About the only thing that might not be seen as an enhancement is the switch to an auto-loading weapon. Rather than have to shoot off screen to manually reload your weapon throughout the adventure, House Of The Dead III features shotguns that reload themselves when they're empty. Granted, this still takes a second to happen, and the player can take damage while doing it, but it almost makes the game too easy in spots. In the earlier games, one had to not only keep their eye on the screen, but needed to keep a mental count of how many bullets they had left before needing to reload.
In the game's defense, this new version of House Of The Dead seems to play a lot faster than the last one. There's nary a break in the action for reloading manually, and having to do it would certainly increase the difficulty level almost exponentially. However, it would have been nice if the manual reload feature had been included as an option for the purists out there—or those just looking for the most hardcore challenge the game can offer.
In the last outing, players would be required to save innocent civilians at certain parts of the stage. Doing so would often open up a new pathway through the level or provide some other bonus. Failure to do so would cost the player a life bar.
This time out, there are no innocents to save. Instead, the player will be called upon to save his partner from attacking enemies at different points in each stage. Doing so successfully will earn the player an extra life bar. Failing to do so causes the player to lose one.
The branching paths are back in this installment. But since there are no innocents to save, getting to them is different than it was in the last game. This time out, players choose which path they'll take through an area at the main screen. In fact, the game has something of a non-linear feel in that the gamer can choose to go just about anywhere from the earliest stages of the game. Taking different paths will yield different enemies and areas and can even influence the way later stages of the game play out as well.
Because of this, House Of The Dead III does have some replay value—which is a good thing, because the game is incredibly short even by light gun game standards. Beating House Of The Dead III on the normal difficulty setting can take around 30 minutes, which is a very quick gaming experience. However, the multiple paths, various unlockables (including a full version of House Of The Dead II that is unlocked after beating the game) and different difficulty settings make it so that the game does feature reasons to play through it again. And, let's face it—these games are fun in the mindless "grab a gun and kill a bunch of guys without thinking about it" sort of way. Even after beating the game, I still play it regularly.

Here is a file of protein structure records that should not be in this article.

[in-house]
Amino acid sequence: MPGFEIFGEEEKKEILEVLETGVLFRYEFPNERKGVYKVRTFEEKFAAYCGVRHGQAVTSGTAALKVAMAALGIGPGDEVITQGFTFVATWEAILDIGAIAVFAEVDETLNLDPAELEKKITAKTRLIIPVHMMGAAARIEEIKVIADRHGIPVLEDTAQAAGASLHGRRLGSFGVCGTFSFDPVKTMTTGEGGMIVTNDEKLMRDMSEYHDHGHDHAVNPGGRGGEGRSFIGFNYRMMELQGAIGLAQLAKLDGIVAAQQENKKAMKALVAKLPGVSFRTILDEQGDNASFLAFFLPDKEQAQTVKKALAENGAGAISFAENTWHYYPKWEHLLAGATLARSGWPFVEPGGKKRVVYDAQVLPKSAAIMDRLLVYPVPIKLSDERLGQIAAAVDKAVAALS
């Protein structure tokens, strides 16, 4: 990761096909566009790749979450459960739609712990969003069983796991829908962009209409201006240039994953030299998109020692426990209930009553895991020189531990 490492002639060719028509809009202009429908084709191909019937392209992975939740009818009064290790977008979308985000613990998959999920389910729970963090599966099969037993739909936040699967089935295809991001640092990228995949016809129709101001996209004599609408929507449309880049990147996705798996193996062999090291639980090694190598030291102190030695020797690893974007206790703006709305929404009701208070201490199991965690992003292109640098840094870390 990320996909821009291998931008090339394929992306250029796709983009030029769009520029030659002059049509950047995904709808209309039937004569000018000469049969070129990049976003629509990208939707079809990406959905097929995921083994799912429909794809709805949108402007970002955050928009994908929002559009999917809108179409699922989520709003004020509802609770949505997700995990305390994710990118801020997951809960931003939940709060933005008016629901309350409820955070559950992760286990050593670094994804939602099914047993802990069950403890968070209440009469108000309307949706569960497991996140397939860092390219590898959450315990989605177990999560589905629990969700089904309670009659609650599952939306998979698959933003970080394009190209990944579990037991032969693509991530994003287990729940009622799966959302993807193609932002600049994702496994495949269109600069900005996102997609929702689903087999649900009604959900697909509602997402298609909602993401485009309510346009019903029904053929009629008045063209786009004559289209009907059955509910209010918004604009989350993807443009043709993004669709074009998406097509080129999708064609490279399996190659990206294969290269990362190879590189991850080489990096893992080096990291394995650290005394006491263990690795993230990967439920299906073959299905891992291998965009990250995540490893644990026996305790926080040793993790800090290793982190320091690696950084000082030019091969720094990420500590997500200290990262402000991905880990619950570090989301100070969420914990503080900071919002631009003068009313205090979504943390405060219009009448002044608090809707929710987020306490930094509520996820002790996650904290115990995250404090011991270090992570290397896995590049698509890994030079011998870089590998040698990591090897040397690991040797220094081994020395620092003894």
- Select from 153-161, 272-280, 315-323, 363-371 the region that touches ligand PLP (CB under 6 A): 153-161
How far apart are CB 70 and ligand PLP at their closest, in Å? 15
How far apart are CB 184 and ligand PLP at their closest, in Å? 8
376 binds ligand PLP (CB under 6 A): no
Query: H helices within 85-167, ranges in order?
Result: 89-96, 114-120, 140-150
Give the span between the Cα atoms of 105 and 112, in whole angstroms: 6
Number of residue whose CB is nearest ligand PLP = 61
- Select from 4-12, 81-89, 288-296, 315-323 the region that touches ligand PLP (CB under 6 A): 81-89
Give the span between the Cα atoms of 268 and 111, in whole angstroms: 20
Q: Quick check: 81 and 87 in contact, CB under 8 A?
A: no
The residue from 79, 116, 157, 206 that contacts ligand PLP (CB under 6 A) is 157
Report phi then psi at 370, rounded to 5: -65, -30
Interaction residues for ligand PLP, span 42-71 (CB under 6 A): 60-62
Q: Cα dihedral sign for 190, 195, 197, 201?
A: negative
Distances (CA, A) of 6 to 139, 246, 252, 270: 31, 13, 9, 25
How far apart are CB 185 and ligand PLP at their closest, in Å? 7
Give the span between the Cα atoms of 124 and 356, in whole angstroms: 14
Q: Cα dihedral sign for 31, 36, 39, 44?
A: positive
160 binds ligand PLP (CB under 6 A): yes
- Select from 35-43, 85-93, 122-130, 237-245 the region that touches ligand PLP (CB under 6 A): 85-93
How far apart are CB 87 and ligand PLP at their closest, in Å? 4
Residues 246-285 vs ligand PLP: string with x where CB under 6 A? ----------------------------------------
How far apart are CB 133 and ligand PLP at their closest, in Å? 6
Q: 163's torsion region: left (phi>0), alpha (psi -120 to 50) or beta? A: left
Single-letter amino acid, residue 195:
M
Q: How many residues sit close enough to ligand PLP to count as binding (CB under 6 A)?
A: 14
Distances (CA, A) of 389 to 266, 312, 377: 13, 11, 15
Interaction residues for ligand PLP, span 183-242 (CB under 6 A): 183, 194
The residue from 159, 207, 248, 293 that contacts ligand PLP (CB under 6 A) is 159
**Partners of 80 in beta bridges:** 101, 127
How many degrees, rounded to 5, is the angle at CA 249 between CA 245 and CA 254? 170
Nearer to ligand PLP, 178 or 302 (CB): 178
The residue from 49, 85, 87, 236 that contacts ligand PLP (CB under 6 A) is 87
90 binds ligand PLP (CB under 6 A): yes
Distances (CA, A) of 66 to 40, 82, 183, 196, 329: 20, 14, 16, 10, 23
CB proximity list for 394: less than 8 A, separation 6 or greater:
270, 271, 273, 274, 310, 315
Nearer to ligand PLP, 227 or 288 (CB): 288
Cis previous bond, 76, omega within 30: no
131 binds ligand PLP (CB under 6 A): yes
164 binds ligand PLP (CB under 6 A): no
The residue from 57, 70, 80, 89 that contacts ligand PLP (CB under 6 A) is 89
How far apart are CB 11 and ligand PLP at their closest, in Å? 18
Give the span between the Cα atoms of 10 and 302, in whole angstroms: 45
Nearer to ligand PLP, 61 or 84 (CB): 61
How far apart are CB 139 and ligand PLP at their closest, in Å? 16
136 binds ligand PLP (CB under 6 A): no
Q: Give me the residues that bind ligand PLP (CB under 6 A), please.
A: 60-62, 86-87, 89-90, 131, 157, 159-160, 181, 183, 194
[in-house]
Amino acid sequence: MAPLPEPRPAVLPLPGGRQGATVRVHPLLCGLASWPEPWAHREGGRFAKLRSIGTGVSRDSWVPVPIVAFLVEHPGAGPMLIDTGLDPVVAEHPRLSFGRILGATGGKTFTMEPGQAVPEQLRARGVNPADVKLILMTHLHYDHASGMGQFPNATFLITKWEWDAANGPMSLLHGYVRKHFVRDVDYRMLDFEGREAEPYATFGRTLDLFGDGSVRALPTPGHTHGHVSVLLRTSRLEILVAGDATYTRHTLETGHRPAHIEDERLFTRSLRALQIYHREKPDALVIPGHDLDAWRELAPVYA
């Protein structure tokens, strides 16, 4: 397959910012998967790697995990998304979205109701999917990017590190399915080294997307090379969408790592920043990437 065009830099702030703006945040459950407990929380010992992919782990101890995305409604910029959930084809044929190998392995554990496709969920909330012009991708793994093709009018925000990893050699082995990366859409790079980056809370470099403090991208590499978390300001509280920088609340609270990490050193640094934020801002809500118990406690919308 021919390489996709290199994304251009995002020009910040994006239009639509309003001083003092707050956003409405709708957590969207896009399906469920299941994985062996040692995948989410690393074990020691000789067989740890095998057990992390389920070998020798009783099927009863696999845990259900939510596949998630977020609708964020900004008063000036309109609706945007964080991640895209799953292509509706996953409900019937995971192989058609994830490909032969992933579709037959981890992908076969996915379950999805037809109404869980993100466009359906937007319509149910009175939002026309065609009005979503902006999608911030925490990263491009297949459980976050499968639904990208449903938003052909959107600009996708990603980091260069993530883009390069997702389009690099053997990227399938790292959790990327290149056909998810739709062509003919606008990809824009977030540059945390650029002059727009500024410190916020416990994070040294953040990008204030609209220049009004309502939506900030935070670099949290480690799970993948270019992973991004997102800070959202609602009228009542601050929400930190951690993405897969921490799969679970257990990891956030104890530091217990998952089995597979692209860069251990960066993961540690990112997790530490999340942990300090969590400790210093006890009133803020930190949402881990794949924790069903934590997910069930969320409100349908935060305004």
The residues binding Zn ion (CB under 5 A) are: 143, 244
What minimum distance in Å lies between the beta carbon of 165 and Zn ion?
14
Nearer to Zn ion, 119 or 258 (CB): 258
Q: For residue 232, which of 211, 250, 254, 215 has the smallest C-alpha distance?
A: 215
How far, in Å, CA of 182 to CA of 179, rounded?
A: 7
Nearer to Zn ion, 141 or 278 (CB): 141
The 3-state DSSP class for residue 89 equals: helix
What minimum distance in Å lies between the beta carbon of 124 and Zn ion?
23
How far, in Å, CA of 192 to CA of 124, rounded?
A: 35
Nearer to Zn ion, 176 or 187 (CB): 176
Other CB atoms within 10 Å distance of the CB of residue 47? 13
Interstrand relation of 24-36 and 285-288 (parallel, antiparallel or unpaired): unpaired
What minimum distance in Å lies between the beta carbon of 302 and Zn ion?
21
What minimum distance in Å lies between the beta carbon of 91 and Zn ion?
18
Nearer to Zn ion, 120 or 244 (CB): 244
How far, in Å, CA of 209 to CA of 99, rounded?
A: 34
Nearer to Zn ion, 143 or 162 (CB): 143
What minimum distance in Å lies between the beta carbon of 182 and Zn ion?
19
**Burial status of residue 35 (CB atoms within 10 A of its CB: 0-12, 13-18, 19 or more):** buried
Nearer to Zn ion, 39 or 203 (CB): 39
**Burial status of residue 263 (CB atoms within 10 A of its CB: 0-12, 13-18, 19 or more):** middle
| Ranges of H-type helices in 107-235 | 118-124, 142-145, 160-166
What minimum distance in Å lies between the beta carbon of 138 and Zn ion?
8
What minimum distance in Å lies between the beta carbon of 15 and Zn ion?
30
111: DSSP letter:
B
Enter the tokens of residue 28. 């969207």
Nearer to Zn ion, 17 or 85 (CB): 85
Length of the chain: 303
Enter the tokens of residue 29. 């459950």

It seems odd to say it, but truthfully House Of The Dead III is amongst the nicer looking Xbox titles out there. One doesn't usually equate light gun games with graphical excellence, but this title is an exception. The console version looks almost as good as the arcade release, featuring vibrant colors, nicely drawn enemies (with a surprising amount of variety for such a short game), and impressive lighting effects. It's not the most beautiful game on the console, but it is definitely pretty.
I can't help but think that "pretty" was what Sega was aiming for with this release. The light gun genre has never been one that's particularly deep—instead, it's content to continually recycle conventional gameplay mechanics with better visuals with each release. House Of The Dead III is no exception in this regard. The changes and tweaks to the gameplay are minor at best (and probably unnoticeable to everyone but the hardcore fans of the series) and the game never does anything that gamers haven't seen before. However, there's something truly cathartic about blasting hordes of zombies, and that just never gets old. Zombies may not get any respect, but they sure do make great gun fodder.
A film critic by trade, specializing in Euro-horror, cult exploitation, and Asian action cinema, Mike has written reviews for a diverse group of print and online publications. He covers horror news, movies, books, and games at TheHorrorGeek.com and Horrorsquad.com and spent two seasons as The Horror Geek on Comedy Central's pop-culture game show, Beat the Geeks.
Mike's childhood was spent playing videogames any time he got a chance. His parents had a Pong console and his grandmother had an Atari 2600, where Mike cultivated his skills by playing hour upon hour of games like Space Invaders, Berserk, and Asteroids. From those early experiences Mike learned one thing: he loved games.
In 1999, Mike became a staff reviewer at Cinescape Magazine's website where he spent a year learning the craft of game criticism. After internal changes led to Mike leaving Cinescape in late 2000, he joined up with RPGFan in 2001 and spent several years writing reviews for them. Happy, but looking for an opportunity to expound on a wider variety of titles, Mike joined GameCritics.com and hopes to help Chi, Dale, and the rest of the GC staff bring a higher level of respect to the field of game criticism.